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Christmas Day

ke$h mihsh

In the great collection of Navajo-ized words, Késhmish is probably the only holiday that gets to keep some of its American vocal quality.

Késhmish is Navajo for Christmas. If you remember back to the Navajo alphabet post, there is no “CH” (only “CH’-“) because “K” handles the job. There is also no direct “R” alphabet value. So lots of things had to change before it became speakable for many Navajos.

Késhmish will often refer to the time surrounding Christmas only – descriptive in the same sense that a milepost marks distance on a road. So one may use Késhmish in regular speech, without implying that he or she is of any particular faith or belief.

Baa Hózhǫ́ǫgo Nidishchí!

Happy Birthday!

bah hozh oh goh nih dizh chih

Today’s special phrase is Navajo for “Happy Birthday (to you)”.

In the popular English tune (which is copyrighted, amazingly) this phrase would take the place of the first line. In order to fit the tune, most high tones and nasal marks are disregarded, so it would resemble “The Birthday Song”.

There are, of course, various other ways to express “happy birthday”, for example:

  • this video expresses it – “Nidizhchíiji Ánááhoolzhiizhígíí Baa Shił Hózhǫ́”
  • an unfinished entry at the Navajo wiki page says this – “hoʼdizhchínę́ęjį́ anáyííłką́”

Some of you are sure to have had a birthday recently, or will have one soon, or have one today. If not, we’re pretty sure you’ll have one in the next year or so. In which case, happy birthday to you.

hasht'e' nihénil

to save or set it aside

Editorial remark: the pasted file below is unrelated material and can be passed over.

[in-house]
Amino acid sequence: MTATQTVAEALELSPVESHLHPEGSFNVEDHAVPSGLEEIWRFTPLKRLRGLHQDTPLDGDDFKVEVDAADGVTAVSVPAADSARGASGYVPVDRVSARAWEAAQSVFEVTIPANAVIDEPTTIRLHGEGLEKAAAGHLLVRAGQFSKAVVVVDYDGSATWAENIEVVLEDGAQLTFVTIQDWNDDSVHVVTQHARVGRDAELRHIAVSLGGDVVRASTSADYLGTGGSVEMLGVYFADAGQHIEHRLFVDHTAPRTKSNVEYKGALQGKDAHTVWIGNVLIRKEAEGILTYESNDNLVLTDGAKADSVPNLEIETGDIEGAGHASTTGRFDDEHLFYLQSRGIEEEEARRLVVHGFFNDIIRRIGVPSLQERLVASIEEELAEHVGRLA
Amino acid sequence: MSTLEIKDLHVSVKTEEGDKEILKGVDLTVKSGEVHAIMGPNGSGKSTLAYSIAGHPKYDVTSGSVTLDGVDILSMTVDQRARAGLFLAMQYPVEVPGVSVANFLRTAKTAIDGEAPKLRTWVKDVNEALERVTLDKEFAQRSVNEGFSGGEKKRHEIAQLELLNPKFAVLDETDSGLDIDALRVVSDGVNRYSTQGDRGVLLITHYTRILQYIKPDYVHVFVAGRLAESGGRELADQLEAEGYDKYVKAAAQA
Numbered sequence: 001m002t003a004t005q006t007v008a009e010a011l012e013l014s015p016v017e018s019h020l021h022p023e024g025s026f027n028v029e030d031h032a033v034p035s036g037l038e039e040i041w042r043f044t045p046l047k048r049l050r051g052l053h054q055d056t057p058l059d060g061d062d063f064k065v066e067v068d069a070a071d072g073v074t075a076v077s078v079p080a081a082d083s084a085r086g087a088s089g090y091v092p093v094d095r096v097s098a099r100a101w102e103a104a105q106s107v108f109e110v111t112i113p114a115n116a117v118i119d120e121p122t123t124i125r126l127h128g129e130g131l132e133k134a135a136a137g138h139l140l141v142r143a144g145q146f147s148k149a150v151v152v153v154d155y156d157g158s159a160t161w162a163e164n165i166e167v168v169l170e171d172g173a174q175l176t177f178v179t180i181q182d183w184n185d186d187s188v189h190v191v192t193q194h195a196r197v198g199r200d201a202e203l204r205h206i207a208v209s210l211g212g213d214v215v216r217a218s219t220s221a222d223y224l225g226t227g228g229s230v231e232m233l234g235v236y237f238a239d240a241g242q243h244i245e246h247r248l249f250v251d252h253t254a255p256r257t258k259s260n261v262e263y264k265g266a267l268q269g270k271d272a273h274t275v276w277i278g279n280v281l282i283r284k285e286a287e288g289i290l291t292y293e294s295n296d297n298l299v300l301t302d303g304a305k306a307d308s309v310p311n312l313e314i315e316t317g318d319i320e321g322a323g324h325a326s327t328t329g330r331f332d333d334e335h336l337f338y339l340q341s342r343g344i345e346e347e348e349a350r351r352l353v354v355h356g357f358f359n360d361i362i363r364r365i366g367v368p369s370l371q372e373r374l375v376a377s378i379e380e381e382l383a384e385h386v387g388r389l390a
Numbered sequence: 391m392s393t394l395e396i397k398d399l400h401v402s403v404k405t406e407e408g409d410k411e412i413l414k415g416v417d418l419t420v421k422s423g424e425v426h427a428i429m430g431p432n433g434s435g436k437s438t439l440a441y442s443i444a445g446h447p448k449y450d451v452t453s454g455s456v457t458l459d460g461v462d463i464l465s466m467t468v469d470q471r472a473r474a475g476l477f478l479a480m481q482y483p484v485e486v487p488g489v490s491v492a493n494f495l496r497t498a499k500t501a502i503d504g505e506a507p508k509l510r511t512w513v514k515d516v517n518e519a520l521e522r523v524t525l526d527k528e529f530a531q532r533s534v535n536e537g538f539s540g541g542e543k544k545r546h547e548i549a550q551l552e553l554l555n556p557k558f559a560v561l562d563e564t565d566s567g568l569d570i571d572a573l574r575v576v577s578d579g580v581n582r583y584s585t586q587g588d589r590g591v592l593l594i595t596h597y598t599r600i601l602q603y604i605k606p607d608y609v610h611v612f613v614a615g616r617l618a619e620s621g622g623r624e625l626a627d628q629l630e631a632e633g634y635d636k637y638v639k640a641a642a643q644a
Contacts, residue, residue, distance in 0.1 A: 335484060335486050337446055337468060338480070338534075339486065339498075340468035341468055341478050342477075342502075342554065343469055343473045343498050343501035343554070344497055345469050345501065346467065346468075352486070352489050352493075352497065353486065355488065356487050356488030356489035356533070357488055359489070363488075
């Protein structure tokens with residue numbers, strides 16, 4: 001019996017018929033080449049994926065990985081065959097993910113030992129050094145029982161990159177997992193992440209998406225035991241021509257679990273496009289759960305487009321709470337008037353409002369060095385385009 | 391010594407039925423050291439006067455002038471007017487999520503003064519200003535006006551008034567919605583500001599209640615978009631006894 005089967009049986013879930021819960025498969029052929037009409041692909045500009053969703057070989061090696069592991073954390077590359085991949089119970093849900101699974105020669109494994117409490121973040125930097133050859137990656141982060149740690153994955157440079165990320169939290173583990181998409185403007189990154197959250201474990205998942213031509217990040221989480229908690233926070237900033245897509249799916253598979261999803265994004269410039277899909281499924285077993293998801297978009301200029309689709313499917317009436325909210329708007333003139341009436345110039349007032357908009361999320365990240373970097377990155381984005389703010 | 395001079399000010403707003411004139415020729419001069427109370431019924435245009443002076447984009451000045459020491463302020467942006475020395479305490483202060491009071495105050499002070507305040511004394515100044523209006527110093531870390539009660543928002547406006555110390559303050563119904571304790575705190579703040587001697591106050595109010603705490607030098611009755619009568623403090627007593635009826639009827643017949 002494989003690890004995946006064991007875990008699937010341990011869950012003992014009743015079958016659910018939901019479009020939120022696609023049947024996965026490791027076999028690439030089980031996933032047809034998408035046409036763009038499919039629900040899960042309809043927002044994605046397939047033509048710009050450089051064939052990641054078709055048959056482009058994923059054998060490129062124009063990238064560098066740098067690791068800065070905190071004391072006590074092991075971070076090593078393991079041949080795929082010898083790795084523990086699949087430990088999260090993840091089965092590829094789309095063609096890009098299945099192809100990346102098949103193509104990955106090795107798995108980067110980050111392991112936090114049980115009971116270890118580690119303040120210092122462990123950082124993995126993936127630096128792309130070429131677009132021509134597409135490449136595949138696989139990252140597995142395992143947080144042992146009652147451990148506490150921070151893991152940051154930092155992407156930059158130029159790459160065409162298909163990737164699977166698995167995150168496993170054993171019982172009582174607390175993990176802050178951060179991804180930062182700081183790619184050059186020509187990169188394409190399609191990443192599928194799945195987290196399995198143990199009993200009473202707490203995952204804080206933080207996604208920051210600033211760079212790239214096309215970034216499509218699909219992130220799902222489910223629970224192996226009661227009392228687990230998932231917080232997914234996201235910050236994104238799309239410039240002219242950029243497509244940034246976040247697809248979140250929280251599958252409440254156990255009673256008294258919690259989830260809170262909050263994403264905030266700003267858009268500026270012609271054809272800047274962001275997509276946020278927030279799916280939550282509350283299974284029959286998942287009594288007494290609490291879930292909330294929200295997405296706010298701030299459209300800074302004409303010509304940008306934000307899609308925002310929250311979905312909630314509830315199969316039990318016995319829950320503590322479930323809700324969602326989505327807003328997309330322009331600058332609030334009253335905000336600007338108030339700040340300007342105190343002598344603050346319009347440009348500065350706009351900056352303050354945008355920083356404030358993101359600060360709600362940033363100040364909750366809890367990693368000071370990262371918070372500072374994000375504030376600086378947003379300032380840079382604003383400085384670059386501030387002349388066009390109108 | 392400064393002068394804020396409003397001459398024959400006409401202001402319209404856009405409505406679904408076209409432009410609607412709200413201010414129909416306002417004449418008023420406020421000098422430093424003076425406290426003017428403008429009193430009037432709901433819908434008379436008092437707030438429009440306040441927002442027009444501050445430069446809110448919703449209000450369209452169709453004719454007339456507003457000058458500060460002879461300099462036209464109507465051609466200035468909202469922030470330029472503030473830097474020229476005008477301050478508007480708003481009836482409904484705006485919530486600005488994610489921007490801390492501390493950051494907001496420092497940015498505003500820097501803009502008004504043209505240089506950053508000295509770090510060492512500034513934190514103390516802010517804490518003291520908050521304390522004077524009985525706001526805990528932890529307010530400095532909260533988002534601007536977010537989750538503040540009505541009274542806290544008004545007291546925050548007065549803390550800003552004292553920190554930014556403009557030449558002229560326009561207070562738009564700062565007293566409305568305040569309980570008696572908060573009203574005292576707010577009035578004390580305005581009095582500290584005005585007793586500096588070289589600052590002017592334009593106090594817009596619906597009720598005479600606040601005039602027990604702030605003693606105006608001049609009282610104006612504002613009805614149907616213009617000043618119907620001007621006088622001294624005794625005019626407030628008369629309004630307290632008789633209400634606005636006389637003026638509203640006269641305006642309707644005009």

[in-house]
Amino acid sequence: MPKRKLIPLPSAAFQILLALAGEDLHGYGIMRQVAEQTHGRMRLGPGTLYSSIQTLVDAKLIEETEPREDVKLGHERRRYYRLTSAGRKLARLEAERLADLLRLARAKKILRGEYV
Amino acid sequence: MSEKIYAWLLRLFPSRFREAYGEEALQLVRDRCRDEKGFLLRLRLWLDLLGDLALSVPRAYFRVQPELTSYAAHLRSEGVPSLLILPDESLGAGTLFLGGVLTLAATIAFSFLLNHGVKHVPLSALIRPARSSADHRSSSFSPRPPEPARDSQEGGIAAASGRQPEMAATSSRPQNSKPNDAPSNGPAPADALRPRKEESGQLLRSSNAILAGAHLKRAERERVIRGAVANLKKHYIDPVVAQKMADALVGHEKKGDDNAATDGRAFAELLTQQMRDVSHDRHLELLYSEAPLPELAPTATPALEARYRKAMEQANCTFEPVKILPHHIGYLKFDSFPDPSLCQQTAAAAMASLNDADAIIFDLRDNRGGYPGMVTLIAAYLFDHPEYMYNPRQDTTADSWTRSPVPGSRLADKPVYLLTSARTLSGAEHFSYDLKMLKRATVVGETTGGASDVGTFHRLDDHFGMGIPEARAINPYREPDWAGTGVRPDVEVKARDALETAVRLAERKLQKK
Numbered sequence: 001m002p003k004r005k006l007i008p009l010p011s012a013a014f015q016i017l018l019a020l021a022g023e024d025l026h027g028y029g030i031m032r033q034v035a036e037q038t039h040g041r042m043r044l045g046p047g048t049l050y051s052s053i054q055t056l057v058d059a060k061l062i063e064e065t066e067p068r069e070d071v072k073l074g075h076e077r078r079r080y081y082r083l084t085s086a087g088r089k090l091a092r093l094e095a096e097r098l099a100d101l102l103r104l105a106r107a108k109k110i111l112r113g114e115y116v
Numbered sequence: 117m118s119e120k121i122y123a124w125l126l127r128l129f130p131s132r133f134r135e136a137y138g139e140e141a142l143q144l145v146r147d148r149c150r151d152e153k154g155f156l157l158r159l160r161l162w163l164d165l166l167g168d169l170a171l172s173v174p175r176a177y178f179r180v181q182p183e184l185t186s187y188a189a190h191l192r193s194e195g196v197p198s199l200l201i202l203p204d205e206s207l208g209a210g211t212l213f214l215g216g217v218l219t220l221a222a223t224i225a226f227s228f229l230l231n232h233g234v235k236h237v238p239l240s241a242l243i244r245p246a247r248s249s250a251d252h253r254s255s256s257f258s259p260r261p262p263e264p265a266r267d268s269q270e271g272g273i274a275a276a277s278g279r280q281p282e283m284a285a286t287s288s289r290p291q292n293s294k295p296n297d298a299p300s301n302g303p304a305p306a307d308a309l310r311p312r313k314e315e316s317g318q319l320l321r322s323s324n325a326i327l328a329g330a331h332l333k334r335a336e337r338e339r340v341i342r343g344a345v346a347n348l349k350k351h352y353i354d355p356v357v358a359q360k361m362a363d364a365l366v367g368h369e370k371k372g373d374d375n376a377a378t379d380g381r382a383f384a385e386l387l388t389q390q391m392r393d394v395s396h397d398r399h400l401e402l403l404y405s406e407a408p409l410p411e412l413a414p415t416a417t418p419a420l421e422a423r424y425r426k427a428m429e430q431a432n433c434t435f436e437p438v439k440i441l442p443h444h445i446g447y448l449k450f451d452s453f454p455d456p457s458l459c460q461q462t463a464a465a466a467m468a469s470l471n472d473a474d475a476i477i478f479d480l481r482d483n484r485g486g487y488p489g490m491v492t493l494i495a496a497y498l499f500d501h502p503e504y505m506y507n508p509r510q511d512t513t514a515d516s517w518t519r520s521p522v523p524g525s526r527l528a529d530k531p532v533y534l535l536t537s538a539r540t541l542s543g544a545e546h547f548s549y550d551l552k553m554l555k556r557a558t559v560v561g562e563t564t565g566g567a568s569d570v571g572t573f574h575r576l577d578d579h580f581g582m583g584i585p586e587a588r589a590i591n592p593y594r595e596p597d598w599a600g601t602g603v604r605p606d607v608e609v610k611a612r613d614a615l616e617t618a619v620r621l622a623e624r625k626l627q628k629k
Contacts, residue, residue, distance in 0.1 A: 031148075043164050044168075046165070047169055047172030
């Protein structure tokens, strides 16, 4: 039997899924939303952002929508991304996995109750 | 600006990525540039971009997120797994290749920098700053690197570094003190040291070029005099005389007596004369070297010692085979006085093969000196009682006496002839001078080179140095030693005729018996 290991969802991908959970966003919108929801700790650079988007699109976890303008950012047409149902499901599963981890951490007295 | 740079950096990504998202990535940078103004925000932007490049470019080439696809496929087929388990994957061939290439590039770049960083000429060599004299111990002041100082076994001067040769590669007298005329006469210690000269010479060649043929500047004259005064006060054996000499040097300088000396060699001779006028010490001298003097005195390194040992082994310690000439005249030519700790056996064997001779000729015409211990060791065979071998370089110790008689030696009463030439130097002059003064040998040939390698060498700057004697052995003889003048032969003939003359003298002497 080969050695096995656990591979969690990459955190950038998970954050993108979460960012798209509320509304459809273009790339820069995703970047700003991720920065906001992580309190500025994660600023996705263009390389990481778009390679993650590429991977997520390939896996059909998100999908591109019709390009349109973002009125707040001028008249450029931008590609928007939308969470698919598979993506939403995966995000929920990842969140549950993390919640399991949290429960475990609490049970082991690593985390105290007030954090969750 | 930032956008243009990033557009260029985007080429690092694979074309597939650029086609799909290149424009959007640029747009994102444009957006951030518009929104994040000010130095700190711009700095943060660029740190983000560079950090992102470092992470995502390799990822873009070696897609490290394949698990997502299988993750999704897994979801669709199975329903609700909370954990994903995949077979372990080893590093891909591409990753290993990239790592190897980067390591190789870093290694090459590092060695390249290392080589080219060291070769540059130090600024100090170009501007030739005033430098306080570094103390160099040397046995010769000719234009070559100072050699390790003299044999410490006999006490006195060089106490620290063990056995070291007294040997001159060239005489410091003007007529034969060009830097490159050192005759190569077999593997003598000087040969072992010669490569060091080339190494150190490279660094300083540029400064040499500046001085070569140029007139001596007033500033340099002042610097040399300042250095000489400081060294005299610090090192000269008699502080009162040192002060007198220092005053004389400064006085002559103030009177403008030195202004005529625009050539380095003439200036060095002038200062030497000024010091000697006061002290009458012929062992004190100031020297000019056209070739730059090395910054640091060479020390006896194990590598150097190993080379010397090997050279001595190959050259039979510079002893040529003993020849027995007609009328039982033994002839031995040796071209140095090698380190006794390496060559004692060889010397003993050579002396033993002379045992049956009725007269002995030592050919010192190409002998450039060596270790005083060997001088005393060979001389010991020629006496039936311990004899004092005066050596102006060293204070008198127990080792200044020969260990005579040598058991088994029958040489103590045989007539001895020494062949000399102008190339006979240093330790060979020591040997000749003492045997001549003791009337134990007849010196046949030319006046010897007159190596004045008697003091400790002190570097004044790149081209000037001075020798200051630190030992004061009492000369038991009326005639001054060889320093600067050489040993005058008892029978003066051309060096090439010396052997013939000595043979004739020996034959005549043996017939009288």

hush teh nih hyeh nil

This is an example of a Navajo colloquialism, and it translates somewhat to “I set it aside.”

The understanding behind this phrase is connected to money (béeso). In this sense, it means “I saved money.” This is a form that refers to something that was done and completed.

If you were to be in the process of saving money, you would need a verb form that is of the imperfective mode, which means something has begun but has yet to be completed.

This form is: hasht’e’ niheshnííł.

An example: Hooghan ła’ nahideeshnih biniiyé béeso hasht’e’ niheshnííł. Here we’re saying: [(a) home] [one] [i will buy] [for this purpose] [money] [prepared] [i am putting it someplace].

Recall that Navajo statements are made in the sequence: Subject -> Object -> Verb.

In contemporary English, it would mean: I am saving money to buy a home. Or: I will buy a home, for which I am saving money.

This is a great example of direct translations of Navajo that don’t quite align to their intended English meaning.

k'os and a'kos



In both winter and monsoon months, níyol is often accompanied by k’os, which is the Navajo word for cloud.

In common usage, the word daak’os is also used to refer to a multitude of clouds.

There is also the word ak’os which is the non-possessive word for “neck,” i.e. “a neck.”

The body part needs shi-, ni-, bi-, etc. to form shik’os (sik’os), nikos, bik’os, etc. to differentiate it from the word for cloud.

So k’os and ak’os are separate terms.



nah kish chee nh

The Navajo word naakishchíín (also known by naakishchiin, in some instances) is the word for siblings that are twins.

If you examine the word, you’ll see a number! Specifically naaki- denotes two (of something). The rest of the word, -shchíín, is derived from the same root that forms the verb deeshchííh (“to give birth”).

Twins are prominent figures in Navajo tradition. They are prominent in early creation stories, and also later on in the form of the warrior twins who laid waste to the big monsters.